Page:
We’re happy to welcome Kaci Komstadius of Sage Fruit Company for today’s guest blog post.  Sage Fruit Company is a sales and marketing firm located in Yakima, Washington. It’s owned by three apple/pear packing companies who joined together to deliver high quality fruit to consumers.

Every summer there are certain things we can look forward to: warm weather, backyard barbeques and spending time with our loved ones. Add to my list, the excitement of all of the different fruits and vegetables I can find in my produce department from June-September. Among those many offerings are a wide range of stone fruit – some of my absolute favorites!

What is a stone fruit?

Quite simply, a stone fruit is a fruit with a “stone” or pit in the center, which is enclosed by the edible flesh.

Many summer crops fall into the category of stone fruit, but some of our most popular ones here in the Pacific Northwest include peaches, apricots, nectarines and, of course, cherries.

When can I find them?

There are several states that are known for their apricot, peach, nectarine and cherry production, but here in Washington (PNW), our harvest typically occurs from June through September for those four commodities. Cherries are the first off the trees in early June, followed closely by apricots. By mid-July, we begin harvest of nectarines and peaches. Cherry and apricot harvest usually lasts until late-July/mid-August, depending on the year, and our peaches and nectarines finish end-Aug/mid-Sept.

  • Dark Sweet Cherries: The most abundant type of cherry to come out of the PNW! The Northwest Cherry Season lasts from the first week of June until August. Cherries are one of the freshest produce items available. Ripened on the tree, cherries are generally harvested, packed and on the road to the grocery stores within 2 days. They are dark red in color and sweet in flavor. Cherries are a low-calorie fruit, and are packed with nutrients, vitamins, and minerals. They are rich in Vitamin C and Vitamin E, and a moderate source of potassium, magnesium, folate, iron and fiber.
  • Rainier Cherries: The Rainier cherry is a cross between the Bing and the Van varieties. It gets its name after the highest peak in the state of Washington. Attractive and exceptionally large, this cherry is yellow with a bright red blush. Additionally, it is delicately flavored with extraordinary sugar levels.
  • Peaches: The Pacific Northwest peach harvest occurs July-September each year. Their flesh ranges in color from whitish to yellow. Peaches with a lighter colored flesh tend to be very sweet with little acidity, whereas yellow fleshed peaches have an acidic tang paired with its sweetness. They have a delicate aroma, and a skin that is velvety.  Depending on the pit, peaches are classified as either freestone or cling varieties. A freestone peach can have its center stone easily removed from the flesh because it is not attached. In contrast, the center stone of a semi-cling peach is strongly attached to the flesh.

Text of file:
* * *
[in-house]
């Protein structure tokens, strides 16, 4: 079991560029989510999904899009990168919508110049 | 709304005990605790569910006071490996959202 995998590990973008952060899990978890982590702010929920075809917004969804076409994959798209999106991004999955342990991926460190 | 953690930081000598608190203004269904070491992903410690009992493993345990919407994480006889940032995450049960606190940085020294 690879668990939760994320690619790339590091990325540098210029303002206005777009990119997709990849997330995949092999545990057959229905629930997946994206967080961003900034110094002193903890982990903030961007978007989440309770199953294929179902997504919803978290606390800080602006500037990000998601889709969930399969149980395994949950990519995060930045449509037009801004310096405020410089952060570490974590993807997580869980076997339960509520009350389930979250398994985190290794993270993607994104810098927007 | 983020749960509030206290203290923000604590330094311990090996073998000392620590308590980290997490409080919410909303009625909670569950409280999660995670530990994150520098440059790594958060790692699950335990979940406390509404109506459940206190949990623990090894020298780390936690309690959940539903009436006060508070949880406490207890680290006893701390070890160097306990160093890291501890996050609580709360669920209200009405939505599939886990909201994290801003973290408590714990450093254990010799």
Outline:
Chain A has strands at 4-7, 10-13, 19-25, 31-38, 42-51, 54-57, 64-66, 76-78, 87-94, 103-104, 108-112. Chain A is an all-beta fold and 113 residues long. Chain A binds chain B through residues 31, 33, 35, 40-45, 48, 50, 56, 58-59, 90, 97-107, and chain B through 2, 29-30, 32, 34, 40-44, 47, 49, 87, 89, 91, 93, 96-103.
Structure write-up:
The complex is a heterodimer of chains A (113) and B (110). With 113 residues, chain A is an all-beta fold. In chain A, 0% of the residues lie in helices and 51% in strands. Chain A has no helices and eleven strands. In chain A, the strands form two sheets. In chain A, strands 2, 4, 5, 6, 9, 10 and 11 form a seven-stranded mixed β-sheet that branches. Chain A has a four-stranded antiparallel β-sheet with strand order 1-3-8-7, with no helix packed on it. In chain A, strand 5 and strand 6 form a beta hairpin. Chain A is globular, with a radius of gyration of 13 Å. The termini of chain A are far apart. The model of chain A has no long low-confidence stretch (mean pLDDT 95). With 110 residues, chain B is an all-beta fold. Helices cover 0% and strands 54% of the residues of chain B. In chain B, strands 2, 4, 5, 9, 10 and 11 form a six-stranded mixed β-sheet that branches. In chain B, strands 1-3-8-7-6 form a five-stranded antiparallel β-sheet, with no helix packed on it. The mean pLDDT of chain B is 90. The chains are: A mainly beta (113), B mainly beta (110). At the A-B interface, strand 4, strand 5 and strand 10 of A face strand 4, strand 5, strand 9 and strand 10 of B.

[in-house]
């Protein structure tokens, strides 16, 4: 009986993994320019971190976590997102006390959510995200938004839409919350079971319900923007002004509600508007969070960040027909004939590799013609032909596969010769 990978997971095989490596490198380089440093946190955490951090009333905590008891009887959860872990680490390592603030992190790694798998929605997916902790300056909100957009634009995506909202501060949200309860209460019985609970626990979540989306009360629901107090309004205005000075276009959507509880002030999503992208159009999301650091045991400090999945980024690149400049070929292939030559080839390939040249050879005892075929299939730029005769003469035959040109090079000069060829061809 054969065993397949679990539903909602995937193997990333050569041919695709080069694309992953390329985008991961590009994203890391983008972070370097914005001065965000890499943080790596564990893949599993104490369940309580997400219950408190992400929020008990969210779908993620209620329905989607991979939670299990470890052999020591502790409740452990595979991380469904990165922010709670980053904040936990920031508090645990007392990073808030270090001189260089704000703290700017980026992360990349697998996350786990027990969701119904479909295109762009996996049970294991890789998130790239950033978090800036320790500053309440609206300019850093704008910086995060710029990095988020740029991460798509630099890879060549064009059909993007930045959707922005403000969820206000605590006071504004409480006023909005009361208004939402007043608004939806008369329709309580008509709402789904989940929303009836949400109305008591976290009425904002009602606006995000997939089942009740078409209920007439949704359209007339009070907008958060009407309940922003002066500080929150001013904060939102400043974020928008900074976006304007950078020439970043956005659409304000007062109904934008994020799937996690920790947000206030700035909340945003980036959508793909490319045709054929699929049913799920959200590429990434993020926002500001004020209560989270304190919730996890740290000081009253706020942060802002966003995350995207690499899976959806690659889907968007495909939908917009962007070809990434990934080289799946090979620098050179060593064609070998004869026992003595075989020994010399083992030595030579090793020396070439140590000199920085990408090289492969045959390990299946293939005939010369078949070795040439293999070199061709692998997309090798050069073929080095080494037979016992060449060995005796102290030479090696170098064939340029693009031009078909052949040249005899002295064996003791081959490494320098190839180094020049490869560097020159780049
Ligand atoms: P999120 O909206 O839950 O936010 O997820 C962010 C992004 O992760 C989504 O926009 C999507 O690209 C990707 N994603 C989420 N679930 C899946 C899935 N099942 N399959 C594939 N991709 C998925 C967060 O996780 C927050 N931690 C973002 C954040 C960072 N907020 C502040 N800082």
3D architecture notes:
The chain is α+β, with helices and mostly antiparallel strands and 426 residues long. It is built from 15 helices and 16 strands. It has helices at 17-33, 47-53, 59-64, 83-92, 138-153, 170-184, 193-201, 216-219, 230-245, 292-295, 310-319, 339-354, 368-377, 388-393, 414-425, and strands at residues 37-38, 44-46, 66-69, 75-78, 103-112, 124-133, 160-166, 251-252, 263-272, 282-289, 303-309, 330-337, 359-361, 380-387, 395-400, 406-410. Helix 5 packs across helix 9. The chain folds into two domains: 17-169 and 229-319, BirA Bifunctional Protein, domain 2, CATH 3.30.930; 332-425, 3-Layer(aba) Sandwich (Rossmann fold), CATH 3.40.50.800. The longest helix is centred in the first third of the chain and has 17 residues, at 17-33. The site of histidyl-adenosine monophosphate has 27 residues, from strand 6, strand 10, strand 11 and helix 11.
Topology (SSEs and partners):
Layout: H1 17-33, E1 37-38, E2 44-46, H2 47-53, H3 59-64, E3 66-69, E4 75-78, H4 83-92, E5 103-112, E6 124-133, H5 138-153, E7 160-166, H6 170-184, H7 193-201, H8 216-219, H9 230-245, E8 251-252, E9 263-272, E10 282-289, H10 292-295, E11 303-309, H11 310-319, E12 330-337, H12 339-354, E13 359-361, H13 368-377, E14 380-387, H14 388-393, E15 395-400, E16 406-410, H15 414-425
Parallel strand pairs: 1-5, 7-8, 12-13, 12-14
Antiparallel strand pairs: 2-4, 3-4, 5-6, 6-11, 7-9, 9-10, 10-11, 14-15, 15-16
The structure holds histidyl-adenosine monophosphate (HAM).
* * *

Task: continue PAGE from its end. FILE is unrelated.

• Nectarines: Nectarines and peaches are closely related. However, they do have one visible difference, which is their skin. Unlike peaches, nectarines are smooth. Their skin is brightly colored gold with hues of ruby and pink throughout. You can find two-types of nectarines, yellow fleshed and white fleshed. White fleshed nectarines typically have low acidity and are very sweet. Yellow fleshed nectarines have a higher acidity and their flavor is both sweet and tart.
  • Apricots: Apricots have a similar shape and appearance to a peach, but are smaller in size. Their color ranges from yellow to orange, and often has a tinge of red. The surface of an apricot can be smooth or velvety, with very short hairs. Its flesh is firm with a flavor that can range from sweet to tart.

Fresh Cherry Salsa

This salsa is delicious on chicken or pork tacos and is a great topping for grilled fish or fowl!  It is not too spicy but full of flavor!

Prep Time: 15 minutes
Serves 8-10


  • 4 cups of fresh Dark Sweet Cherries, stems removed, pitted
  • 4 green onions, chopped
  • 1 bunch fresh cilantro, chopped
  • 1 lime, juiced
  • 1 (4 oz.) can chopped chilies, undrained
  • ¼ tsp. minced garlic
  • 2 cups yellow cherry tomatoes., chopped
  • 2 Tbsp. balsamic vinegar
  • Salt and pepper to taste


1. In a medium size bowl mix all the ingredients together.  Add salt and pepper to taste and store covered in the refrigerator until ready to use.  Salsa will keep well for 4 days in the refrigerator.

Recipe courtesy of Sage Fruit.